When did Labor Day go national?
During 1887 four additional states — Colorado, Massachusetts, New Jersey and New York — enacted a the Labor Day holiday. By the end of the decade Connecticut, Nebraska and Pennsylvania had Labor Day holidays.
By 1894, 30 states had adopted the holiday.
Which 14 had not? My guess is that 12 of them were Alabama, Arkansas, Florida, Georgia, Louisiana, Mississippi, North Carolina, South Carolina, Tennessee, Texas, Virginia and West Virginia. It’s possible that Idaho and Wyoming were the other two, as they joined the union in 1890.
Finally 0n 28 June 1894, President Grover Cleveland signed the bill passed by the 53rd Congress (S 730) that designated the first Monday in September an official holiday.
How do you organize thousands in 1882?
Planning for the parade began in May. As the story goes, Peter J. McGuire, who founded the United Brotherhood of Carpenters, suggested a celebration for labor.* CLU would pick September 5th “because it fell roughly halfway between the Fourth of July holiday and Thanksgiving.”
A week later, CLU appointed five men to find a suitable park. Two weeks later, they had secured the largest park in New York City.
This was not yet the era of the telephone, although Alexander Graham Bell got his a patent in 1876. Telephones weren’t in everyone’s house or apartment. So word-of-mouth was the primary means.
Each union CLU representative spread the word among their union members. They sold 20,000 tickets to the picnic. As incentive, ticket sale proceeds went to the organization making the sale.
Canada came first
The first Labour Day in North America took place in Canada on 15 April 1872. It was five years after Confederation, and even though the United Kingdom had begun repealing anti-union laws, Canada had not.
The Toronto Trades Assembly, the organizer, had 27 union members by 1872. The historic event drew an estimated crowd of 10,000 as union members marched through the streets, accompanied by four bands.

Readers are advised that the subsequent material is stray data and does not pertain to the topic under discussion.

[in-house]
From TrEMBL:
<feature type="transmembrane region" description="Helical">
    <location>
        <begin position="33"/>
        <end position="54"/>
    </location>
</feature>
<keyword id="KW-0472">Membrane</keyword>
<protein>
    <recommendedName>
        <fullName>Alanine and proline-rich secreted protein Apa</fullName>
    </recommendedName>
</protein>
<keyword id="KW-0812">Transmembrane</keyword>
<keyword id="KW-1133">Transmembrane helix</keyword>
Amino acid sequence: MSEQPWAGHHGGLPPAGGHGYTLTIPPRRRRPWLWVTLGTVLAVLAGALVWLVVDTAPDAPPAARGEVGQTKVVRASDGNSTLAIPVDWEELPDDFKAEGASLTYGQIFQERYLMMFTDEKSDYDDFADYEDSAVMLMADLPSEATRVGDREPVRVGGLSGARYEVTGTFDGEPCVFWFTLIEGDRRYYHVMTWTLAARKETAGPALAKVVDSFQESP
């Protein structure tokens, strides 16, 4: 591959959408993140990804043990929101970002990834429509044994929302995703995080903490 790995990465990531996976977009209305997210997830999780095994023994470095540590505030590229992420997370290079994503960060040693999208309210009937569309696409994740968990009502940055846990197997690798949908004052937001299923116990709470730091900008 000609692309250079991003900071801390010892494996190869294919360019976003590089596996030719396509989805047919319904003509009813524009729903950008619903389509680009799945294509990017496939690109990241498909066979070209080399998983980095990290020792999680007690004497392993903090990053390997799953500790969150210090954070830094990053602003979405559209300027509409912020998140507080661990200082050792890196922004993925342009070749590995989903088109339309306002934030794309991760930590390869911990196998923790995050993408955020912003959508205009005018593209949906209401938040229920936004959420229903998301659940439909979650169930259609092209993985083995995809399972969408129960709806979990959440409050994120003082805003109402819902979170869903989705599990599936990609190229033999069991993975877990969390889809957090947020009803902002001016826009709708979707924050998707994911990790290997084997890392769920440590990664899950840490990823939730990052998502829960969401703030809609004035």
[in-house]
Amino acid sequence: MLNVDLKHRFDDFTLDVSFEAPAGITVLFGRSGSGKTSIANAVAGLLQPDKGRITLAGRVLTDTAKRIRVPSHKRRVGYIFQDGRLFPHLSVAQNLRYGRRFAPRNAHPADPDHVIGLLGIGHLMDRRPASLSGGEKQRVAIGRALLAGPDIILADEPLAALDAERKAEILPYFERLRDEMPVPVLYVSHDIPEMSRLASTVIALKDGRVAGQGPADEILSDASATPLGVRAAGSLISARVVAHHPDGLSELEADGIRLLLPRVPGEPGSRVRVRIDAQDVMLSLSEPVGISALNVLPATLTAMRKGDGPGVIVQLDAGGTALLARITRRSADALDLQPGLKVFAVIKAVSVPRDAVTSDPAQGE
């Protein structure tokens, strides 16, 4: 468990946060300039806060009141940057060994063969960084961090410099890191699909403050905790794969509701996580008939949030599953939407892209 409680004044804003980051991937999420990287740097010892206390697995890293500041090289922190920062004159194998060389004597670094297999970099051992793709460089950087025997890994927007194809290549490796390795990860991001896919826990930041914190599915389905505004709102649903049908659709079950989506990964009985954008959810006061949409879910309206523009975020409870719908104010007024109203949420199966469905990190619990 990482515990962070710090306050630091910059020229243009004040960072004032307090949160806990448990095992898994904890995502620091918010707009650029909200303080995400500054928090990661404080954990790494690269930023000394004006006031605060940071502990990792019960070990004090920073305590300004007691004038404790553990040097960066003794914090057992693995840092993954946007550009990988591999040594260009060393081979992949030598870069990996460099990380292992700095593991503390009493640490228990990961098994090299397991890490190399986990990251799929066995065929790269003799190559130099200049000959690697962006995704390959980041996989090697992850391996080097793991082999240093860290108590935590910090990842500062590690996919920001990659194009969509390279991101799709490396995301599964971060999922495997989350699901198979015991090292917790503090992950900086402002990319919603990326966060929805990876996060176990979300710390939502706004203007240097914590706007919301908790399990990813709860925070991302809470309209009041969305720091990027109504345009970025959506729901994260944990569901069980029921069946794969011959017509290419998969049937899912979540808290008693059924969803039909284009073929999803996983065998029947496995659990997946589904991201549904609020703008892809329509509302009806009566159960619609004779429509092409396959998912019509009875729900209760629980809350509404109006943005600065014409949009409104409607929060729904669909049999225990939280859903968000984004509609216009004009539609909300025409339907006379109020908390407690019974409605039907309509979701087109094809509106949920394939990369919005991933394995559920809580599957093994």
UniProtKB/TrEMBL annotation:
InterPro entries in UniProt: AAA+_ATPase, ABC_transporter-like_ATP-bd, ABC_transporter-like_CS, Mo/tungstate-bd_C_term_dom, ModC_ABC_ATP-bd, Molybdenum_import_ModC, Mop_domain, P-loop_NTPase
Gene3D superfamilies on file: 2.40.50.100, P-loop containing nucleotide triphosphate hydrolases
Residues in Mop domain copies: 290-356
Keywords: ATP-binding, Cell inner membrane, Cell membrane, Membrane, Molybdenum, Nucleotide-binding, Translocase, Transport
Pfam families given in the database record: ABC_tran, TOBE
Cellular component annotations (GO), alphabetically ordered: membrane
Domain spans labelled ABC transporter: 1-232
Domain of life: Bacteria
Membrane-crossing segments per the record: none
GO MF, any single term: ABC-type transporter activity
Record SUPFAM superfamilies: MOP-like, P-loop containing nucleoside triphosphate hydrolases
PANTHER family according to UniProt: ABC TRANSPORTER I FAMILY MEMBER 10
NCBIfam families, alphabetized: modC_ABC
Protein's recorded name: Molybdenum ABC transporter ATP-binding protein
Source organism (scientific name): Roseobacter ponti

One of the prime reasons for organizing the demonstration was to demand the release of 24 leaders of the Toronto Typographical Union, who had been imprisoned for the “crime” of striking to gain a nine-hour working day.
The Typographical Union** had begun pressing for a 58-hour work week in 1869. Employers, including The Globe, derided the shorter work week request as “foolish,” “absurd,” and “unreasonable.” They went on strike 25 March 1872.
On 03 September 1872, seven unions in Toronto parade would hold another parade, reportedly more than a mile long.
In Canada, Labour Day became an official holiday on 23 July 1894. It is celebrated on the first Monday in September.
Some form of “labor day” is celebrated around the world. In much of Africa, Asia, Europe and Latin America, it is known International Workers’ Day and is celebrated on May 1st. New Zealand celebrates on the fourth Monday in October. In Australia, the date varies by state.
From The Conversation, when labor wins, it still loses:
As the U.S. economy expanded beyond farming and basic manufacturing in the late 1800s and early 1900s, it became important for businesses to find consumers interested in buying the products and services being produced in ever greater amounts. Shortening the work week was one way of turning the working class into the consuming class (emphasis added).
While the first Labor Day was created by striking, the idea of a special holiday for workers was easy for politicians to support. It was easy because proclaiming a holiday, like Mother’s Day, costs legislators nothing and benefits them by currying favor with voters.
At the center of the debate is a Central Labor Union meeting that took place in May 1882. In an 1897 article in The Carpenter, a monthly union publication, McGuire wrote that he first proposed the holiday at that meeting. The parade’s grand marshal, William McCabe, later recalled, in an 1897 article in The Cleveland Recorder, that Maguire, not McGuire, proposed the idea at that meeting.
**The International Typographical Union represented American and Canadian workers in the printing trade. It had been founded as the National Typographical Union representing only American workers.